Sustainable Clothing Brands You Can Actually Trust
The fashion industry has turned into a huge contributor to climate change and waste. The manufacturing of clothing results in a lot of water waste and other types of pollution, not to mention that harvesting the materials needed for the fabrics has increased the rate of deforestation. However, there is a way that you as a consumer can avoid those issues and lower your overall carbon footprint. Buy your clothes from sustainable clothing brands. But why are sustainable clothing brands important and what are the terms to look for? Actually, what even is sustainable clothing?
What Is Sustainable Clothing?
Sustainable clothing refers to fabrics that are derived from eco-friendly resources, like sustainably grown fiber crops or recycled materials. But it also has to do with how the fabrics are made. Originally, the only way to be really environmentally conscious with clothing meant that you would have to exclusively buy from thrift stores or other shops that sold second hand clothing, or donating used clothes to shops for reuse or to be resold. However, in today's day and age, companies and manufactures are taking steps towards reducing their carbon food print and their overall waste, as well as where they source the materials from their clothes. This means that it is becoming more common to be able to buy brand new clothes and still be environmentally conscious.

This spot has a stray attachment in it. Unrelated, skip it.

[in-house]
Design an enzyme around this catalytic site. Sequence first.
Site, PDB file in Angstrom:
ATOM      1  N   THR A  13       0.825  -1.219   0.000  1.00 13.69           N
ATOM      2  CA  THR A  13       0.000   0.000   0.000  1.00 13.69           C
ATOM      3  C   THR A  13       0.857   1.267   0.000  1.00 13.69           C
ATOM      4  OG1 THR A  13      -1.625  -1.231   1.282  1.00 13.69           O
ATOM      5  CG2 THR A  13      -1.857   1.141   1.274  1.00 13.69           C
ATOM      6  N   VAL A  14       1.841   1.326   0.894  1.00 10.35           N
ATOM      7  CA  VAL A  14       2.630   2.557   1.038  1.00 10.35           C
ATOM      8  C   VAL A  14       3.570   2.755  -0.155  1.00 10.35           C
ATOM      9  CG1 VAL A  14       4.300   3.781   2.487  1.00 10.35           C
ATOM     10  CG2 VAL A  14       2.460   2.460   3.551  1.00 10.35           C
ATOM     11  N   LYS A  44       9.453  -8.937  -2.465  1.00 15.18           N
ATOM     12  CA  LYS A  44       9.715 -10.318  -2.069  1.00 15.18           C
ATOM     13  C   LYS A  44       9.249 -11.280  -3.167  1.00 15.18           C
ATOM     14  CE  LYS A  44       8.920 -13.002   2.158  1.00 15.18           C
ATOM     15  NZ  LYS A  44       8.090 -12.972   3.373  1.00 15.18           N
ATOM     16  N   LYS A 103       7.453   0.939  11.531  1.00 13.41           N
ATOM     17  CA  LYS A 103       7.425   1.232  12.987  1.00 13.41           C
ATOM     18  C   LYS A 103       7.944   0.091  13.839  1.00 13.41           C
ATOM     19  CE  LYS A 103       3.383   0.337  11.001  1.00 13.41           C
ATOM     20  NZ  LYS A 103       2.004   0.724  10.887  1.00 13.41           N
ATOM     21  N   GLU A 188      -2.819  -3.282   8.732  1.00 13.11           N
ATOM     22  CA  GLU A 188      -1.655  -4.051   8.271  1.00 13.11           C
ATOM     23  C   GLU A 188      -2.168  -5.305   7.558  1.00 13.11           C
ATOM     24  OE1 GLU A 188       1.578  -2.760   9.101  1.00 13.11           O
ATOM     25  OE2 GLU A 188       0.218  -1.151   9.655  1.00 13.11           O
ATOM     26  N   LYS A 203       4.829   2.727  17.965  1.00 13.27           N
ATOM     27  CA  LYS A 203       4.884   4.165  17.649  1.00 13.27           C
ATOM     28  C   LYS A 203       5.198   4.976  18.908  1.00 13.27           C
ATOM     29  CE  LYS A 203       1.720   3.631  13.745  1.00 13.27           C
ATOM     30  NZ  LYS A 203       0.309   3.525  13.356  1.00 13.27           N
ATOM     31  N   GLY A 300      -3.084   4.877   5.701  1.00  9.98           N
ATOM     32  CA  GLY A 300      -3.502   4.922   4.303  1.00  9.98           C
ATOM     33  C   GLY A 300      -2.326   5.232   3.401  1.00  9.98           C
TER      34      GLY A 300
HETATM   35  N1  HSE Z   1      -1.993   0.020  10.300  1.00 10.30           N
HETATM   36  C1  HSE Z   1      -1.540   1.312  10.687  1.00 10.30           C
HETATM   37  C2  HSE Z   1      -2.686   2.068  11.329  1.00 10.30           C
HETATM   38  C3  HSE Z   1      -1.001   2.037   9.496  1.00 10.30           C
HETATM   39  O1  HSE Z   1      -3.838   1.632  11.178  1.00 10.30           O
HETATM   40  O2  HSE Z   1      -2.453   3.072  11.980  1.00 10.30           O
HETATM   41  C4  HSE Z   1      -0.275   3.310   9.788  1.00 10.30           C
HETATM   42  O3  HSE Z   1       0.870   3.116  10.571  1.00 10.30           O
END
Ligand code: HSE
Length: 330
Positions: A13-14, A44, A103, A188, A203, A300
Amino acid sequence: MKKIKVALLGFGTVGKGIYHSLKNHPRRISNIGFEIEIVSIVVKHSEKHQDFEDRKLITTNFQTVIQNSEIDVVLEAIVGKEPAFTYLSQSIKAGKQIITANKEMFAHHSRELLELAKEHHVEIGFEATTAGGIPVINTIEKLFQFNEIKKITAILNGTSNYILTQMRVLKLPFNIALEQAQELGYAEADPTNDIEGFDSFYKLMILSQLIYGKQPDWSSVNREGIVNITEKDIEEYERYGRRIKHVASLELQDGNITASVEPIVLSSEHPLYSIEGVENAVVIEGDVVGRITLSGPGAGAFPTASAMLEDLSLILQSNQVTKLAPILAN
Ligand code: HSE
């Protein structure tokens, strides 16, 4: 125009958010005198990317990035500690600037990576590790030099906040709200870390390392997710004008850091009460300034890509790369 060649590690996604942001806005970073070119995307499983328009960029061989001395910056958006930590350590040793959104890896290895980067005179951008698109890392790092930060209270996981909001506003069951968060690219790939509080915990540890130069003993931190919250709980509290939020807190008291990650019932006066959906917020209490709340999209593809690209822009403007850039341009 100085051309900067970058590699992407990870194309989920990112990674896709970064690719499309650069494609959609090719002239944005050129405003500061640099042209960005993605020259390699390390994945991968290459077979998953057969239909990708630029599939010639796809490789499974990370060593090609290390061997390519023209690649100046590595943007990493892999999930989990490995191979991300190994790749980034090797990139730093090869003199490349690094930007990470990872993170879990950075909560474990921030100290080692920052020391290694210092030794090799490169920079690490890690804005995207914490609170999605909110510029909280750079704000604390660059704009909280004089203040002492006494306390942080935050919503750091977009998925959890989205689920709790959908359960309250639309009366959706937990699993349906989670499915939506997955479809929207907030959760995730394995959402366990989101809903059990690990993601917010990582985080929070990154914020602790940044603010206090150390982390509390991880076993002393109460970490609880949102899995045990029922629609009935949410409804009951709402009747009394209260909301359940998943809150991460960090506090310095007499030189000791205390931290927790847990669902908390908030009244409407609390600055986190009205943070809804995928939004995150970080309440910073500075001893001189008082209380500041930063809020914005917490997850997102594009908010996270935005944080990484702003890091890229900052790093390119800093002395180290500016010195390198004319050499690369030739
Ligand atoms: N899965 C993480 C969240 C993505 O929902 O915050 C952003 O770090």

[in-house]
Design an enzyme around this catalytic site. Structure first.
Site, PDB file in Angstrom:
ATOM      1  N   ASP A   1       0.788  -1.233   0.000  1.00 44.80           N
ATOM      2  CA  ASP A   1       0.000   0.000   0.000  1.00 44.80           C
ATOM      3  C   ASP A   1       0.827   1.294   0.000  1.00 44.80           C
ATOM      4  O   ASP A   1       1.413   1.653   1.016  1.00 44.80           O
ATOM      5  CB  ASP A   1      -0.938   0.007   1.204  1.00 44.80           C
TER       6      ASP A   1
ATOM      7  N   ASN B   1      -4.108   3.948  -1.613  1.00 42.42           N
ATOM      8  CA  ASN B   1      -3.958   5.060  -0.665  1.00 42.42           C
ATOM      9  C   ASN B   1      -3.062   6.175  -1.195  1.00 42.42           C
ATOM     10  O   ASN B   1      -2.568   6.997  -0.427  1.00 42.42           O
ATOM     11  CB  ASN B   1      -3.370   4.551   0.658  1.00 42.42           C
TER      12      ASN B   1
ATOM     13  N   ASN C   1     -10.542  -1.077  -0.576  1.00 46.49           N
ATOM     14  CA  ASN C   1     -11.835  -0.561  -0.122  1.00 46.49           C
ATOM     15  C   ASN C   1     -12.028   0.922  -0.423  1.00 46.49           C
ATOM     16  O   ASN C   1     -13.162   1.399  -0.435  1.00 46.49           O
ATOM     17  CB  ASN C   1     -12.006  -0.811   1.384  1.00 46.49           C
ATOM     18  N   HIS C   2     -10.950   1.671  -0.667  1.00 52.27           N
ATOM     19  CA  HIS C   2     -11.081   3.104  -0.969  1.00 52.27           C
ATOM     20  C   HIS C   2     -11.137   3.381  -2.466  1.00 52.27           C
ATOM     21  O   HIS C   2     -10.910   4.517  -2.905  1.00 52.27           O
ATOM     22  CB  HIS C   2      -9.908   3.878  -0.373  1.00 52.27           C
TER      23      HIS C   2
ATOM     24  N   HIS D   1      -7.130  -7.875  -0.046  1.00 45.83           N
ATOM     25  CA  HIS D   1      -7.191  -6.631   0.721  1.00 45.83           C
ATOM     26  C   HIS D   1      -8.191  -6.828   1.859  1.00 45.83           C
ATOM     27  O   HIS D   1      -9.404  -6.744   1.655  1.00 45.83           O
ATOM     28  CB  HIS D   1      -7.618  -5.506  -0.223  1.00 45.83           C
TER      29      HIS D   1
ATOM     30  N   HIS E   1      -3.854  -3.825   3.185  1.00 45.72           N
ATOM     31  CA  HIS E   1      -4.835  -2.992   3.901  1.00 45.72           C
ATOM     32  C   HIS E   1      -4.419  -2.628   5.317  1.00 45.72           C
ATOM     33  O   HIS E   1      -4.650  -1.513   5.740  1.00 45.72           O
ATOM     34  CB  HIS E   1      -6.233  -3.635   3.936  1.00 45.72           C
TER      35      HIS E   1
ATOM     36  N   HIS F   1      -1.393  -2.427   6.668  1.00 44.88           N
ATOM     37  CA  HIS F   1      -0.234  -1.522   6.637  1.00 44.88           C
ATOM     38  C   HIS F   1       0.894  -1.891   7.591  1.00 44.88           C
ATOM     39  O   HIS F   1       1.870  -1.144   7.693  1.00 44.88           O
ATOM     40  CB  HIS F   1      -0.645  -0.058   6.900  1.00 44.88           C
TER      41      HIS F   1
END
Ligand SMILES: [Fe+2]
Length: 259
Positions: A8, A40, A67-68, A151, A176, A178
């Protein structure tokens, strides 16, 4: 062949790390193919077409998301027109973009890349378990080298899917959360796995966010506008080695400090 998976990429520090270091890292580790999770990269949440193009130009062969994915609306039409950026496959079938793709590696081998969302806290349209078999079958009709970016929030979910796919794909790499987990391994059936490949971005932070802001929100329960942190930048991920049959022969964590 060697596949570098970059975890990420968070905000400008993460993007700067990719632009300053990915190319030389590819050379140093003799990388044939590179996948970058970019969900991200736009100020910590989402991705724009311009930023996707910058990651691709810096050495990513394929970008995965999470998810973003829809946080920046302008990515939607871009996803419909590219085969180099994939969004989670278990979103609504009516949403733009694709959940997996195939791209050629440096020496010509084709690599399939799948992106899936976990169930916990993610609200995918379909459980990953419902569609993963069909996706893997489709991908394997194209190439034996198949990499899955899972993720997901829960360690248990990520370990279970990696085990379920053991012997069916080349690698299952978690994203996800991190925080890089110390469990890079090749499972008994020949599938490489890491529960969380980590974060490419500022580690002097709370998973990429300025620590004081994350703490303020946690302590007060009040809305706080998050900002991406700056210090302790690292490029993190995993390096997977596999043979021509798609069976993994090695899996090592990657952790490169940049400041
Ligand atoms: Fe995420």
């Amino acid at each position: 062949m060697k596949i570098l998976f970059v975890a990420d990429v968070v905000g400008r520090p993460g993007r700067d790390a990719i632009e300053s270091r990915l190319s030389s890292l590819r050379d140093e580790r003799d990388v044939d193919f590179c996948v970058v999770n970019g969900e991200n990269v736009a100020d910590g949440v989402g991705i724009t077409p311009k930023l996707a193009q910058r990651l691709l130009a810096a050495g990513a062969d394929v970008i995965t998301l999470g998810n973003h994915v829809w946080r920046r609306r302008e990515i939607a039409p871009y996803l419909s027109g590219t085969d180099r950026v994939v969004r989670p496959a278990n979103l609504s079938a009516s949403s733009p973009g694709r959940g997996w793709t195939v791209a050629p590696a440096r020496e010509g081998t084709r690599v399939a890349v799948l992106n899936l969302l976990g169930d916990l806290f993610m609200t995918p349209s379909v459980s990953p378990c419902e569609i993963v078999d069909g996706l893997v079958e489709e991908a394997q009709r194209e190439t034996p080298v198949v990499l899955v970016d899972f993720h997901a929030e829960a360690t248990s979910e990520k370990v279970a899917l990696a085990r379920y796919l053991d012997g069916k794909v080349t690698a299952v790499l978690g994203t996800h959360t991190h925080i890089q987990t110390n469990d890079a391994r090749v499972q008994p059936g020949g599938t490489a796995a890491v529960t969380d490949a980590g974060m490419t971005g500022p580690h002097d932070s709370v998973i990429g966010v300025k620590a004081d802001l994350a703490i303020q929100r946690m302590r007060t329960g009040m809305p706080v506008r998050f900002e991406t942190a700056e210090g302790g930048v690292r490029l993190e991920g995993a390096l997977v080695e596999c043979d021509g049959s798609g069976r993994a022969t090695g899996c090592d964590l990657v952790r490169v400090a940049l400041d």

There is a fair amount that goes into sustainable clothing. For brands, it means creating in a way which is most considerate of humanity and the environment. The goal is to have a system that works without leaving a huge negative footprint. However, sustainable clothing also has a lot to do with you as the consumer. For you, it means thinking about what you buy, knowing which philosophies you are supporting through your purchases. Also asking yourself if you are really going to wear that new piece to the extent that it was worth being made. I know, deep, but it is worth thinking about. Overall, the fault lies with both the consumer and the manufacturer because they only make what you buy more of. Stop buying their clothes and the supply/demand standard will flip.
Types of Sustainable Clothing
There are a lot of ways that you can be sustainable with your clothing and how you buy clothing. Knowing the various approaches to sustainable clothing can help you understand all of the options that are available to you. In addition, it can help you find and choose a brand that you trust.
- Second Hand- This is the most common and one of the most trendy options, especially if you live in a city. Buying second hand clothes from a thrift shop or vintage store, or otherwise, eliminates the need to produce more clothes.
- Slow Fashion- This is a fairly new concept. Basically the key here is that companies will put out fewer new items, ultimately reducing the amount of resources they use. However, if you are the type of person who buys a new outfit every other week, you may find this approach difficult.